As an ambassador of comics, Palle is top notch. He was the first professional that i reached out to directly and his openness and desire to teach is exactly the opposite of what i thought I would find. Additionally I find his website to be complimentary this one, rather than redundant so definitely check it out.

    Reply
  3. Palle Schmidt

    Thanks GaBe and Michael! Although I’m a bit hurt you expected the direct opposite of “openess and a desire to teach” from me, Mike! Ha ha!

    It’s true that me and Jason Brubaker seem like different ends of the spectrum when it comes to putting a story together. In the prevois episode of this podcast he talks about how he writes the dialogue AFTER drawing the pages! VERY different approach. But it seems to work great for him. I just think the rest of us amateurs need a road map 🙂

    Brubaker and I are similar though in the fact that we both took ten years to complete a book! And I think his entire online approach and how he shares his knowledge on his remindblog is awesome. And a huge influence on comicsforbeginners.com as well! If you can get ahold of his book, Unnatural Talent, you’ll get even MORE useful information on the whole marketing and production part of the process.

    I really enjoyed chatting with Adam and Patrick and I’m hoping I get to meet them in the flesh at SDCC this year. Maybe meet you guys as well?

    Again, thanks for the kind words and encouragement!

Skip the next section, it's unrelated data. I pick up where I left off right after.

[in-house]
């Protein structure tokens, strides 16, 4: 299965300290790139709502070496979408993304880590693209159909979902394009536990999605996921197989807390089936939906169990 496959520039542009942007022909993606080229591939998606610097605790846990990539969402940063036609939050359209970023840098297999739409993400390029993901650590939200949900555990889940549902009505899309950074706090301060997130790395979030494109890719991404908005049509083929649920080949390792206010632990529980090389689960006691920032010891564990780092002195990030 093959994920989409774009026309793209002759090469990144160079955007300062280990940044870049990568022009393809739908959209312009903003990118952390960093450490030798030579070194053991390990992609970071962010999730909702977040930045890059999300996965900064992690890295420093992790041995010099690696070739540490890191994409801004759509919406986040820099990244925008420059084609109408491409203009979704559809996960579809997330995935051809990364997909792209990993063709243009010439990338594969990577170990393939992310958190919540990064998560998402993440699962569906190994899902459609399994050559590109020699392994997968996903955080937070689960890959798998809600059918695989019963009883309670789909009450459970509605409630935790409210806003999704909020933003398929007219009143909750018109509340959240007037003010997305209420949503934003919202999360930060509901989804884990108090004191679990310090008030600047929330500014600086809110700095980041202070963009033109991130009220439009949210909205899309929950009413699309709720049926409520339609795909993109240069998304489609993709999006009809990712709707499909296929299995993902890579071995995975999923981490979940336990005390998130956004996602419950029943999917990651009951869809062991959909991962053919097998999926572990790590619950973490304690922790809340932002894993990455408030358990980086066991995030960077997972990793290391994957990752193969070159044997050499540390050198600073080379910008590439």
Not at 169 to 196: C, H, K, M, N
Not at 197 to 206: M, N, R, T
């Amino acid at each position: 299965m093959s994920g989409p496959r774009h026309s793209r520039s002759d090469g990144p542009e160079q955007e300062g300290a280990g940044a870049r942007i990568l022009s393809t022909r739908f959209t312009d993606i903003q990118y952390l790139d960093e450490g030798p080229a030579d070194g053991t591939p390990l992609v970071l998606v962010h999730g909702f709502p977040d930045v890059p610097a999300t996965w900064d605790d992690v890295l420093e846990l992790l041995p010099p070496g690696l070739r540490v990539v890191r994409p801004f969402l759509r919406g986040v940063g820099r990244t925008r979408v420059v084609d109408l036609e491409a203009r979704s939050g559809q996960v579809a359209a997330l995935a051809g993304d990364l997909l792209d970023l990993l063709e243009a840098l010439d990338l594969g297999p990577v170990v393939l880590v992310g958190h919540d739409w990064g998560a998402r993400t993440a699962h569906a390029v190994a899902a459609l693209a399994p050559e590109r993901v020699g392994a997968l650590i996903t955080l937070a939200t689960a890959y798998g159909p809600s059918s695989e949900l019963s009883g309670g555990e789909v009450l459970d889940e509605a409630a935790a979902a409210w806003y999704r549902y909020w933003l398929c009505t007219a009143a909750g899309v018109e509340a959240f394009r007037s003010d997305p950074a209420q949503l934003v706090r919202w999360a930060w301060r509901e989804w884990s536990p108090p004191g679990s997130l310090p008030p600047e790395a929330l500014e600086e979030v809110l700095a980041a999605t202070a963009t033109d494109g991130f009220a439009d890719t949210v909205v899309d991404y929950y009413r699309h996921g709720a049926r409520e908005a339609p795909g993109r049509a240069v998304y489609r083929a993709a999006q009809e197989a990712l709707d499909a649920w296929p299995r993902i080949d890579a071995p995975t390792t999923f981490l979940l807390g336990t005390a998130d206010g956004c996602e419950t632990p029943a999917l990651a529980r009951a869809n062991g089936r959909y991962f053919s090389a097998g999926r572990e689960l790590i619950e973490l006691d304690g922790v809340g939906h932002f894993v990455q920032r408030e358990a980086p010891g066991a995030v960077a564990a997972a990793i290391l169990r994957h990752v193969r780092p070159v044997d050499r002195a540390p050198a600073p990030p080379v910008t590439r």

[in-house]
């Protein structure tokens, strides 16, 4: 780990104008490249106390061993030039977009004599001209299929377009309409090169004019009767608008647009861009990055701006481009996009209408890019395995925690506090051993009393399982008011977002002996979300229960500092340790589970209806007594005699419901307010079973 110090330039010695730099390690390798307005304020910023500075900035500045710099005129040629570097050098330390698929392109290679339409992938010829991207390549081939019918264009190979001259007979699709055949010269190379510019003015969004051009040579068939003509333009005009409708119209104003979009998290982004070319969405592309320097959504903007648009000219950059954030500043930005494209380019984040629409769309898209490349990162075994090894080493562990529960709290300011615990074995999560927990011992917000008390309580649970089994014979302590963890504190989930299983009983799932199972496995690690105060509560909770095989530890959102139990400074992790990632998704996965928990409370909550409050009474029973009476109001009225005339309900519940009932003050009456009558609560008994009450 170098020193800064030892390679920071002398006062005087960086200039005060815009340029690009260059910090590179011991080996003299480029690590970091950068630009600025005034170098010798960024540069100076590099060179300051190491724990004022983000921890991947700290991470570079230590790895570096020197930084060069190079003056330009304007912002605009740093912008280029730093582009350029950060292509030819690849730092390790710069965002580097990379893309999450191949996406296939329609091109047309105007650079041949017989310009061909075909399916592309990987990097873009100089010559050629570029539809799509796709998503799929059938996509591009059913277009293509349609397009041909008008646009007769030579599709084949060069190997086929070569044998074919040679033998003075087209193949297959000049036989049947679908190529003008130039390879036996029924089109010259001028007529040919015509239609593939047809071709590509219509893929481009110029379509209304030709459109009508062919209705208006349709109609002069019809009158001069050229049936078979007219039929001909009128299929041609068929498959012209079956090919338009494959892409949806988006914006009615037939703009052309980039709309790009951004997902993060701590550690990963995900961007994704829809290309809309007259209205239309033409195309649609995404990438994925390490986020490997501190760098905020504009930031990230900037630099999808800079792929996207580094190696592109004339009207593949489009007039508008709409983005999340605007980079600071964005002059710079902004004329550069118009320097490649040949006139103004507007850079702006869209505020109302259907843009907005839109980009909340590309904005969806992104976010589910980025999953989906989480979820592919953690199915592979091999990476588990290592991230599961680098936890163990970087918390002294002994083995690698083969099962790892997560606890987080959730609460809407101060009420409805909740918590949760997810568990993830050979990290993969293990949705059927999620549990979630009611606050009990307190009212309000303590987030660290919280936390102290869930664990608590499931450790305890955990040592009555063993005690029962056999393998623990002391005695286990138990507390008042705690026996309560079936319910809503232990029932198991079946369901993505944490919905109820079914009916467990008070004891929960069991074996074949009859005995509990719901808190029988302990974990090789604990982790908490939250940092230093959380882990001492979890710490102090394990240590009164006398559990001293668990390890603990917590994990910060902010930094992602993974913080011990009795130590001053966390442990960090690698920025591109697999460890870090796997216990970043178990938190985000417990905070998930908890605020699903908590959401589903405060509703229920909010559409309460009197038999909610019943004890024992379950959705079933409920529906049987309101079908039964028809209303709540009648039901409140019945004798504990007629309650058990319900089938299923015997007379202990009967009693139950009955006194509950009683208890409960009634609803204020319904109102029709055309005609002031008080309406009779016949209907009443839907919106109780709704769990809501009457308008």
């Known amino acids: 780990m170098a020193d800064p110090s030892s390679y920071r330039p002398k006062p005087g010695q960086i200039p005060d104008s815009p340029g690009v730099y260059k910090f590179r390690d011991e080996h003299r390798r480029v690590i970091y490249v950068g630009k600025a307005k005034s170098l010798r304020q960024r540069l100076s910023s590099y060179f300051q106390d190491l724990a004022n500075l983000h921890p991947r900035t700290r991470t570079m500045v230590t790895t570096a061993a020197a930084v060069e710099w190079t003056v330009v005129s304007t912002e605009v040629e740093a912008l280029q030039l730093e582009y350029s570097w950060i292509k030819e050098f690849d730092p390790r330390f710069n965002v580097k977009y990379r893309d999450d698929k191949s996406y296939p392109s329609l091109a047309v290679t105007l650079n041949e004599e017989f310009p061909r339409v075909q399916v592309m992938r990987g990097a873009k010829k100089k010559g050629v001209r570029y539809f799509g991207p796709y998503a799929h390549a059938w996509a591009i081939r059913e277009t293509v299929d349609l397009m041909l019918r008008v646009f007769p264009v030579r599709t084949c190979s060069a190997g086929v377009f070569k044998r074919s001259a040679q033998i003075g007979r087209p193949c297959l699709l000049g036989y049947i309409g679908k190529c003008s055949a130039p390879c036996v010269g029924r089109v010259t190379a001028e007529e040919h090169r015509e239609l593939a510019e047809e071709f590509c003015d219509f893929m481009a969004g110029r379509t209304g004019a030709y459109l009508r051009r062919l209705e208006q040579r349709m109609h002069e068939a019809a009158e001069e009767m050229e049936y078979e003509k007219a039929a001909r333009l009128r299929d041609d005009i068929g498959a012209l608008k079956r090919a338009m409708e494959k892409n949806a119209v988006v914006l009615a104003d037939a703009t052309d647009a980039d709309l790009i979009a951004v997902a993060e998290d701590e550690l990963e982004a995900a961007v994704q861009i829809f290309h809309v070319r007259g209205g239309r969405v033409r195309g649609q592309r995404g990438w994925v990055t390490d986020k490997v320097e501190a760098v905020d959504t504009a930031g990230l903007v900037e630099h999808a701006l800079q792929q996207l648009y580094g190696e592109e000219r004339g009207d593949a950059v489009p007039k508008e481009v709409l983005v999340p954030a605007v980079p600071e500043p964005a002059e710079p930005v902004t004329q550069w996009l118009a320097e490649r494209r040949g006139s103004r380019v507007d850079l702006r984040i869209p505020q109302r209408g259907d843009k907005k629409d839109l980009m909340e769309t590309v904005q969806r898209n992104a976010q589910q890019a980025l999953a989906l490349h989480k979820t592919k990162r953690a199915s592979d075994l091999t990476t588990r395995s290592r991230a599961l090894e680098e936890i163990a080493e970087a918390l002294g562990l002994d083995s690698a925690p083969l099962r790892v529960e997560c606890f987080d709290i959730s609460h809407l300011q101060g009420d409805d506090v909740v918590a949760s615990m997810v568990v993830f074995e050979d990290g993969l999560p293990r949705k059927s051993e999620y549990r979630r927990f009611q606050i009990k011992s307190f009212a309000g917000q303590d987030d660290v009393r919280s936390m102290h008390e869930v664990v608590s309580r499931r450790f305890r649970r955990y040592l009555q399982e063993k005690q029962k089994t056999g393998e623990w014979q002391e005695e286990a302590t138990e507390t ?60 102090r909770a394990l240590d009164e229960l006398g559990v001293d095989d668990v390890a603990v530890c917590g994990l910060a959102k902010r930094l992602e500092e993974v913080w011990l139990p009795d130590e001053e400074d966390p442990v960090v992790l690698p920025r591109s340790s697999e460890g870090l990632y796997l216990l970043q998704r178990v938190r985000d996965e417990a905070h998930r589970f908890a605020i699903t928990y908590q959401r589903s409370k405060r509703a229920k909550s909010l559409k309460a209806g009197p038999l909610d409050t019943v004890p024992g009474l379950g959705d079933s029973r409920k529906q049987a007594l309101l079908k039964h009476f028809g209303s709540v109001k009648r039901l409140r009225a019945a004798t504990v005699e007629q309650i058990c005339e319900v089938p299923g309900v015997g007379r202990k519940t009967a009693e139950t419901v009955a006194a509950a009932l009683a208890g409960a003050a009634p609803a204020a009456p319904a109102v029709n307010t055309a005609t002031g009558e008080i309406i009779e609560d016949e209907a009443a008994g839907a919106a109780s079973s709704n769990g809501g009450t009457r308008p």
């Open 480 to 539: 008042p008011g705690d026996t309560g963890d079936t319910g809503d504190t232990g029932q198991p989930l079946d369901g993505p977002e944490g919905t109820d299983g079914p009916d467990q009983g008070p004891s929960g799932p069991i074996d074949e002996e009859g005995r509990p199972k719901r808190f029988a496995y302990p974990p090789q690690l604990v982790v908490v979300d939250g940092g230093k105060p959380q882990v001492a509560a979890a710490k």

-Palle

    Reply
  4. Elizabeth_NZ

    Awesome podcast as always guys, many thanks! Appreciate your efforts…

    This one with Palle is by far my favourite, both funny and inciteful, please bring him back at a later date, maybe when Palle can share his new project explaining some of the issues he encountered etc?

    Reply
    • Adam

      Elizabeth, thank you very much! This talk with Palle was a blast so I’m glad you enjoyed it, too. I’d love to have him back on the podcast sometime, too.

      Reply
  5. A Dore

    I had to come back to this podcast just so I could express my appreciation. I am now catching up on some that I had missed.

    Everything you guys said about the creative process, basically finding your own way using your own skills to tell your own story, is dead on. When I began my artist recovery I spent a short amount of time in regret for letting my skills dwindle. With a little written encouragement from Julia Cameron (the Artist’s Way) and Malcolm Gladwell (Outliers), I decided to go for it, to let my art exist in whatever form it came forth. Allowing myself to actually complete something really did increase my confidence and desire to create.

    Keep up the great work! I love this podcast!

    -Aaron

    Reply
    • Adam

      Aaron, thank you! It means a lot that you say all that (and not just because my brother’s name is Aaron, too!).

      Reply